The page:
It might be easier to understand if the pilot realizes the only thing the elevator ever does is allow change of indicated air-speed with angle-of-attack change. Also when operating at reduced thrust of descent, any increase of thrust increases angle-of-attack until in level or climbing flight.

It is difficult to see that in minimum indicated-airspeed descending flight, adding power can cause stall. The fact remains it can happen. In descent, there is a substantial reduction of thrust component-lift normally contributing to angle-of-attack. To compensate, and for maintaining the slowed constant indicated-airspeed, added aft-elevator control and/or nose-up elevator trim maintains the desired angle-of-attack.

If a slowed, hands-off level flight is operating at 12-degrees angle-of-attack, the corresponding thrust component-lift is contributing as much as 6-degrees to that angle.

Reducing to idle thrust removes 4-5 degrees of that angle-of-attack contributed by thrust component-lift, so allows acceleration. It requires adding aft-elevator or additional nose-up elevator trim to maintain the original constant indicated-airspeed in this descent.

Now the stabilizer is contributing 10-11 degrees of the angle-of-attack. Adding back the thrust toward a level sustaining setting is adding nose-up pitch to the trim as much as 8-10 degrees, so without forward elevator input can cause immediate stall.

—LOW INDICATED-AIRSPEED AND APPROACH STALL

All low indicated-airspeed maneuvering flight is subject to inadvertent stall. A turn when in a slow indicated-airspeed situation if requiring added power, while already holding the control wheel aft for altitude control, can potentially cause immediate stall.

When in a descending steep turn at reduced thrust with the elevator trimmed for very slow indicated-airspeed flight, the aircraft can be at a 12 to 14-degree angle-of-attack. Added thrust for reducing descent rate or leveling will cause considerable thrust component-lift, adding as much as a 6 to 10-degrees angle-of-attack…immediate stall…it requires coordinated forward elevator control to avoid attaining critical angle-of-attack.

A common condition where this occurs is the base to final VFR approach when overshooting the extended centerline. A pilot already in the trimmed, low-powered, landing configured slow-flight tends to increase the bank attitude and simultaneously pull the elevator attempting to correct back toward the extended centerline.

The increased bank reduces vertical lift and any added aft elevator causes more slowing from the added angle-of-attack plus increased “g” force. At this point, a power increase adding those 4-5 degrees to the angle-of-attack may cause immediate low altitude stall with no altitude for recovery.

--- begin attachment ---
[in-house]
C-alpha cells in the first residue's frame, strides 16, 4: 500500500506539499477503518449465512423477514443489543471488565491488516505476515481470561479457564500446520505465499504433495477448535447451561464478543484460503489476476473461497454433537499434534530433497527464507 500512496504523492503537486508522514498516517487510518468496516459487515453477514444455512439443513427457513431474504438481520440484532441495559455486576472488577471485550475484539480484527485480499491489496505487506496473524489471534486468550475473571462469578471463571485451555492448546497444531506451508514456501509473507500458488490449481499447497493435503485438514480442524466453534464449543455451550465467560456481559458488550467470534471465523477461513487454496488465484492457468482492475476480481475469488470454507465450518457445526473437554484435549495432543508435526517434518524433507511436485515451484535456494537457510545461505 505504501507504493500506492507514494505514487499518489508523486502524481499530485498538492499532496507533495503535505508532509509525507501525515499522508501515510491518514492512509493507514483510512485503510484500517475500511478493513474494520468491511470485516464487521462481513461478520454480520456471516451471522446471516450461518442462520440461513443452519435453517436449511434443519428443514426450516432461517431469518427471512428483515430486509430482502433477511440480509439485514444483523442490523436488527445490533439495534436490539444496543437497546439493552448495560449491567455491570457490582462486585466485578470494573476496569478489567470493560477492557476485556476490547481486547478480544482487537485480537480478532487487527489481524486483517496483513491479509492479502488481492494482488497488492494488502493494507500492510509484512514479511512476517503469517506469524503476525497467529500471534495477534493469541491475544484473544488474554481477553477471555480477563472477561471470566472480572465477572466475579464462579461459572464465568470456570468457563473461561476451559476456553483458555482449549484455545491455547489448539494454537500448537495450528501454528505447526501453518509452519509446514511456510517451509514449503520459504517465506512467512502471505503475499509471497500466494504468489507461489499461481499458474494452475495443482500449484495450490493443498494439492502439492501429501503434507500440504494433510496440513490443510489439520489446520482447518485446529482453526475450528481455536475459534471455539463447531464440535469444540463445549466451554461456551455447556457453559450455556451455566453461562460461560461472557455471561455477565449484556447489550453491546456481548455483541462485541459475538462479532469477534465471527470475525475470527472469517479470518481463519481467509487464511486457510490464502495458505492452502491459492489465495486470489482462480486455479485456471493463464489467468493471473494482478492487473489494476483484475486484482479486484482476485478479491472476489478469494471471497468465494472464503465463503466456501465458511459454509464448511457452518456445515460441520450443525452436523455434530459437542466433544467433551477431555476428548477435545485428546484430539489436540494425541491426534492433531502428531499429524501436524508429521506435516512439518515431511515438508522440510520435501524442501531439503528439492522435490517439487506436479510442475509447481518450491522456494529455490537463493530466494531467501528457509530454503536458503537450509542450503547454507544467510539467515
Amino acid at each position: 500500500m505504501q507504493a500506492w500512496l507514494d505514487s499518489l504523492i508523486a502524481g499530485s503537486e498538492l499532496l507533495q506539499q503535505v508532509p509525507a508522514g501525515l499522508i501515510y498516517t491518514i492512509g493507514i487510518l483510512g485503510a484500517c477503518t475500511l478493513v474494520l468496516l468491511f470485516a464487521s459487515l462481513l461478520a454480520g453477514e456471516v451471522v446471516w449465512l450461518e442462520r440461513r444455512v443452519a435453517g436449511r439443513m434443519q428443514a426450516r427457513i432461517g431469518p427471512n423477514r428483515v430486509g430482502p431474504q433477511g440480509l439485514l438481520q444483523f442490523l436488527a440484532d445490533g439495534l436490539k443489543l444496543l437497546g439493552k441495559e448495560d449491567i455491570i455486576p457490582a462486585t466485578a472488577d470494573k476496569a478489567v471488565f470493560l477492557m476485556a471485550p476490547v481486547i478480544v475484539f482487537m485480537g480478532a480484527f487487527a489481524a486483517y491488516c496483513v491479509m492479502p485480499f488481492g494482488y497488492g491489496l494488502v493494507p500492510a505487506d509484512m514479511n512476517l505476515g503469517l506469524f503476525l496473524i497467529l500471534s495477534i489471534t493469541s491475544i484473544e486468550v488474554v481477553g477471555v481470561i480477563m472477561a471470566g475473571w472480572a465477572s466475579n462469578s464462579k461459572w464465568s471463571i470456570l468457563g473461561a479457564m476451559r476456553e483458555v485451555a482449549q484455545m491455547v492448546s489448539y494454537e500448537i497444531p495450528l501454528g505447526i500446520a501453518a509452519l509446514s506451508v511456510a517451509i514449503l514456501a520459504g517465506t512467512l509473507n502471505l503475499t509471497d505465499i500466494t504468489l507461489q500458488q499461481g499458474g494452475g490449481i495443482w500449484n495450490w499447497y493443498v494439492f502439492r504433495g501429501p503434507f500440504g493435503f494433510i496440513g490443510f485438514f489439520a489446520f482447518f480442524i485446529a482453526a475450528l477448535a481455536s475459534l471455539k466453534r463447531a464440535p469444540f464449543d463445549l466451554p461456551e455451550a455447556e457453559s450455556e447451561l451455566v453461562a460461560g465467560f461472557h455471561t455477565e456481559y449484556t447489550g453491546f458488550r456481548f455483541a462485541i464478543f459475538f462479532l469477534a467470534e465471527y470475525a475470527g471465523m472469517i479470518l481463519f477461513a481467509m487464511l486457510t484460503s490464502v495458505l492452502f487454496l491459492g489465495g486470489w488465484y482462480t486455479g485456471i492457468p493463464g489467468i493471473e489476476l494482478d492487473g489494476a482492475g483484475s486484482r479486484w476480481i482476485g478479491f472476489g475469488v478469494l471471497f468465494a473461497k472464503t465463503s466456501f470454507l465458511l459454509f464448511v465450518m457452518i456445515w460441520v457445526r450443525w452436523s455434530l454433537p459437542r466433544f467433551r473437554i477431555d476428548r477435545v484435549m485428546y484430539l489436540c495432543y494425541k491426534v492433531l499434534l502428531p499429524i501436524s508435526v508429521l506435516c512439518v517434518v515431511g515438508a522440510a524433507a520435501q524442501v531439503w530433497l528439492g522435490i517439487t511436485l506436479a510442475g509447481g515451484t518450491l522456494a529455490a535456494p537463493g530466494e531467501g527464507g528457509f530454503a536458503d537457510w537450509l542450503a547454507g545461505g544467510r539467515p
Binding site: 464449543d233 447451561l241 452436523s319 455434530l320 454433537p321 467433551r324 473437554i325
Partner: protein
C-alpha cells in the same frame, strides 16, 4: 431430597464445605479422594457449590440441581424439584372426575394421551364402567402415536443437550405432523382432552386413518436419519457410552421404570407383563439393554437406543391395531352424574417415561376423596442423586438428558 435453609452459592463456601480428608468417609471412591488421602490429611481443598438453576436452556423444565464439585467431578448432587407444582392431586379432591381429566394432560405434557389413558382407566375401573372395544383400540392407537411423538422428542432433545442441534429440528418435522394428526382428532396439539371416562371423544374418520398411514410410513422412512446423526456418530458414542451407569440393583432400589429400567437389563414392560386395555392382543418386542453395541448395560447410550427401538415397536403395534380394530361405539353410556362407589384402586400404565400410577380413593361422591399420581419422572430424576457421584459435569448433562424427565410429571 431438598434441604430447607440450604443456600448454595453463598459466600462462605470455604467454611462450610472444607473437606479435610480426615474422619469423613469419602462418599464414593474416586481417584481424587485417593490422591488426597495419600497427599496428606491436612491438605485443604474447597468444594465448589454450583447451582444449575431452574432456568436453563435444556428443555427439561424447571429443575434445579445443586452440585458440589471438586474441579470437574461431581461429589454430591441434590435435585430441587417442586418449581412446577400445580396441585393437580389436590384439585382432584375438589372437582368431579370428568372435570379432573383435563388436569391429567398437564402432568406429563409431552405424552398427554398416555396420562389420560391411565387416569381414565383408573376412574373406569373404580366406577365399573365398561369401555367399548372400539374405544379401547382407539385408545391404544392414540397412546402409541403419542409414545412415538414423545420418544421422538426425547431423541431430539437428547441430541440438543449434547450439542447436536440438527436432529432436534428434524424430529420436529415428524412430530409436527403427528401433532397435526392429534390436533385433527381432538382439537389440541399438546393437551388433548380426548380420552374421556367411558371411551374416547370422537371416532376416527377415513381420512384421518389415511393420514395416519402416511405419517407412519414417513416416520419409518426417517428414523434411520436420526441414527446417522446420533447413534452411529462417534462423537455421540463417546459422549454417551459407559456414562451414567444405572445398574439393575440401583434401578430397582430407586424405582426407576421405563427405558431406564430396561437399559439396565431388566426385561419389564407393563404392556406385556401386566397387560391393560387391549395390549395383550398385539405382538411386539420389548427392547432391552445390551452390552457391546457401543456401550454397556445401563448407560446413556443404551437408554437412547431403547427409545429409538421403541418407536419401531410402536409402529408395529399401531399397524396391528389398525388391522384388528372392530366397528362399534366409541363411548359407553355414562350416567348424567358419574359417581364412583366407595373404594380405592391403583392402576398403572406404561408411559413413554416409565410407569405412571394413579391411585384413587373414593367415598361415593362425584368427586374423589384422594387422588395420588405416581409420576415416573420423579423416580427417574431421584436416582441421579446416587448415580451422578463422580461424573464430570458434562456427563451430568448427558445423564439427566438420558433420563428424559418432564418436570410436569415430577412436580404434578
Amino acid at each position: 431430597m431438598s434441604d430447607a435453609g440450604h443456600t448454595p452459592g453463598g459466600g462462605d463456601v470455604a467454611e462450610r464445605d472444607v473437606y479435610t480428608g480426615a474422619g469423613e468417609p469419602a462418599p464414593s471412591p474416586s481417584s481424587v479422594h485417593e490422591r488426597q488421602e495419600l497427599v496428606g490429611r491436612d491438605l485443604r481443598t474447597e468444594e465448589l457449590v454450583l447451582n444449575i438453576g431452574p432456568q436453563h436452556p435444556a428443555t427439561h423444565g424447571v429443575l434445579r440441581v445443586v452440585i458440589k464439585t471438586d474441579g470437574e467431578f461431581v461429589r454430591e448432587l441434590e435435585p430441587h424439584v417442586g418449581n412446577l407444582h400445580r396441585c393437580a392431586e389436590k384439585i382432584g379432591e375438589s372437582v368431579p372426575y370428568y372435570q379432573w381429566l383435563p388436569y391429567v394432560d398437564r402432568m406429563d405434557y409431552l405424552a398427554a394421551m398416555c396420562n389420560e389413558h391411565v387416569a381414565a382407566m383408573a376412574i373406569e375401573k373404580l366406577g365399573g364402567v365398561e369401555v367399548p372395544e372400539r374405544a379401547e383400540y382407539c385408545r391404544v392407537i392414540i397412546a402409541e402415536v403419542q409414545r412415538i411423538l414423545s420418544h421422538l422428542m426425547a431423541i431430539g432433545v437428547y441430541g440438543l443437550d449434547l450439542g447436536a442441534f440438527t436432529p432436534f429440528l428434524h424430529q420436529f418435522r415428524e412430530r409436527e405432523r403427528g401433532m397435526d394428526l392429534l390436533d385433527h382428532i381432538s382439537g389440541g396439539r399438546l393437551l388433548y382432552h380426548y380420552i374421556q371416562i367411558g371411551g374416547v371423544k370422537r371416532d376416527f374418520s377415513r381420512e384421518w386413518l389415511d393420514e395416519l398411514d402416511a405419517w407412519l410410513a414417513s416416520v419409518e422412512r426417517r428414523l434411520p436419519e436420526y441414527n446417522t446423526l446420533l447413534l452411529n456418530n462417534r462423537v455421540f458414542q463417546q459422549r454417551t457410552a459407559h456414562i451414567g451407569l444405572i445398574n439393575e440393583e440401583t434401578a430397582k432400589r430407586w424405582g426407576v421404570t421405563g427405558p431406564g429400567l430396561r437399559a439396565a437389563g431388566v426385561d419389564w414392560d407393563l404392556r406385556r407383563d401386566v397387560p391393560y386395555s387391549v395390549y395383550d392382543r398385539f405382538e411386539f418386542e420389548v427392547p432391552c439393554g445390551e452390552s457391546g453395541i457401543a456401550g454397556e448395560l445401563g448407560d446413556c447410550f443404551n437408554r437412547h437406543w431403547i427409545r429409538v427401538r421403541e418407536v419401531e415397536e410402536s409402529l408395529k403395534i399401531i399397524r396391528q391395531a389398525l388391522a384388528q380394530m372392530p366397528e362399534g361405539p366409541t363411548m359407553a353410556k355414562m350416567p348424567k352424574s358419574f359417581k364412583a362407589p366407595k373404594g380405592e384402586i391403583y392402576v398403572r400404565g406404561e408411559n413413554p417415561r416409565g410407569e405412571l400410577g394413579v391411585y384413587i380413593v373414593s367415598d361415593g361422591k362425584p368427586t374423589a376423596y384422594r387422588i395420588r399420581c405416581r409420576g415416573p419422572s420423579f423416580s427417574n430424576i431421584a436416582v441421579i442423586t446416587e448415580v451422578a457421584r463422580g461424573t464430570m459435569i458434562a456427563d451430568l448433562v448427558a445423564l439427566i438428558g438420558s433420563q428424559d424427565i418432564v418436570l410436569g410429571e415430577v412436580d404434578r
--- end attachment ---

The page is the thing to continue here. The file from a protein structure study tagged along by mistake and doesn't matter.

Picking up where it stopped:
Low altitude, slow indicated-airspeed flight maneuvering must be with minimum or no manual aft elevator input. There must be anticipation of applying forward elevator prior to or while adding thrust in this condition.

A pilot must understand how thrust component-lift affects flight. All flight instruction of normal level turns should be without elevator input but with coordination of added thrust for its thrust component-lift.

Descending turns use gravity component-thrust so for constant indicated-airspeed must increase descent rate during the turn. It is impossible visually ascertaining a steep nose-up attitude when descending but anytime using aft elevator, the increased angle-of-attack reduces indicated-airspeed.

In slow indicated-airspeed maneuvering, always expect stall indication and if occurring, immediate forward elevator toward zero “g” with coordinated rudder and aileron leveling the wings for maximum vertical lifting.

In all flight, always trim to a hands-off condition with aircraft controls. “You will be surprised how the airplane just wants to do its thing without all the fussing with the control wheel”.

—TAKEOFF AND GO-AROUND STALL

Takeoff and go-arounds are situations where slow indicated-airspeeds are transitioning into both increasing indicated-airspeed and altitude. Without using hands-off techniques for flight, a pilot will be manually holding aft elevator control for angle-of-attack. Inadvertent increased aft elevator input can easily lead to stall.

With the go-arounds, there is transition from trimmed slow indicated-airspeed descent to leveling for acceleration and then climb. In this case the added thrust alone adds back nose up pitch increasing the aircraft angle-of-attack trim to level flight and then any excess thrust continues pitching to a climb angle with increased altitude. Any added manual aft elevator initially added to stop descent can lead to stall.

These situations require specific training in awareness of what is happening and again knowing hands-off flight control techniques. A go-around should allow acceleration while leveling and then climb. The aircraft is already flying; it seldom requires immediately jamming lots of thrust.

In all cases, a trimmed hands-off aircraft cannot stall. The elevator sets angle-of-attack and only if at a descending power setting will that change and then with thrust change. Just don’t pull the control wheel!

For a free .pdf version of Bob’s book, “How to Fly Airplanes” e-book send an e-mail to Bob with “e-book” as subject!